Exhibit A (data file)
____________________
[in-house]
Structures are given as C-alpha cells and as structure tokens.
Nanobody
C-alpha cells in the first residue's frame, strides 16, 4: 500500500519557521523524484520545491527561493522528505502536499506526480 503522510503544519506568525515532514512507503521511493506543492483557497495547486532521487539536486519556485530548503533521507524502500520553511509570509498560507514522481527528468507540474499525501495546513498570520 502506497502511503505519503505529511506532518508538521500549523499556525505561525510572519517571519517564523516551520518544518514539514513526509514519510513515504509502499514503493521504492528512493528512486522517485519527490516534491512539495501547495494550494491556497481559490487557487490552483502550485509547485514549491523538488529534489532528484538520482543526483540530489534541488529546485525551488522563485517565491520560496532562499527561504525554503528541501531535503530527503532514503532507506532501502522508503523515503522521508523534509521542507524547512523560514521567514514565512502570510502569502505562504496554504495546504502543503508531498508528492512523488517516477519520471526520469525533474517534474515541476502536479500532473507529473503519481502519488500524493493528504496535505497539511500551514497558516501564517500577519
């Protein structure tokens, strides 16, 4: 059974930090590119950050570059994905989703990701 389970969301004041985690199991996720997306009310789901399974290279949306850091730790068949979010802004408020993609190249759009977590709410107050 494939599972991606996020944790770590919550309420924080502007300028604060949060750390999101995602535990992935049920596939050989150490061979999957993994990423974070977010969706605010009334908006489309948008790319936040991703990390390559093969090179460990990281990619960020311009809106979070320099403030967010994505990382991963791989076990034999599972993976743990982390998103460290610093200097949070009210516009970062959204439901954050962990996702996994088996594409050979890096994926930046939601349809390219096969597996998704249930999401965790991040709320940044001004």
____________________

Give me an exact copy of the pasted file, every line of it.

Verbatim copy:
[in-house]
Structures are given as C-alpha cells and as structure tokens.
Nanobody
C-alpha cells in the first residue's frame, strides 16, 4: 500500500519557521523524484520545491527561493522528505502536499506526480 503522510503544519506568525515532514512507503521511493506543492483557497495547486532521487539536486519556485530548503533521507524502500520553511509570509498560507514522481527528468507540474499525501495546513498570520 502506497502511503505519503505529511506532518508538521500549523499556525505561525510572519517571519517564523516551520518544518514539514513526509514519510513515504509502499514503493521504492528512493528512486522517485519527490516534491512539495501547495494550494491556497481559490487557487490552483502550485509547485514549491523538488529534489532528484538520482543526483540530489534541488529546485525551488522563485517565491520560496532562499527561504525554503528541501531535503530527503532514503532507506532501502522508503523515503522521508523534509521542507524547512523560514521567514514565512502570510502569502505562504496554504495546504502543503508531498508528492512523488517516477519520471526520469525533474517534474515541476502536479500532473507529473503519481502519488500524493493528504496535505497539511500551514497558516501564517500577519
């Protein structure tokens, strides 16, 4: 059974930090590119950050570059994905989703990701 389970969301004041985690199991996720997306009310789901399974290279949306850091730790068949979010802004408020993609190249759009977590709410107050 494939599972991606996020944790770590919550309420924080502007300028604060949060750390999101995602535990992935049920596939050989150490061979999957993994990423974070977010969706605010009334908006489309948008790319936040991703990390390559093969090179460990990281990619960020311009809106979070320099403030967010994505990382991963791989076990034999599972993976743990982390998103460290610093200097949070009210516009970062959204439901954050962990996702996994088996594409050979890096994926930046939601349809390219096969597996998704249930999401965790991040709320940044001004």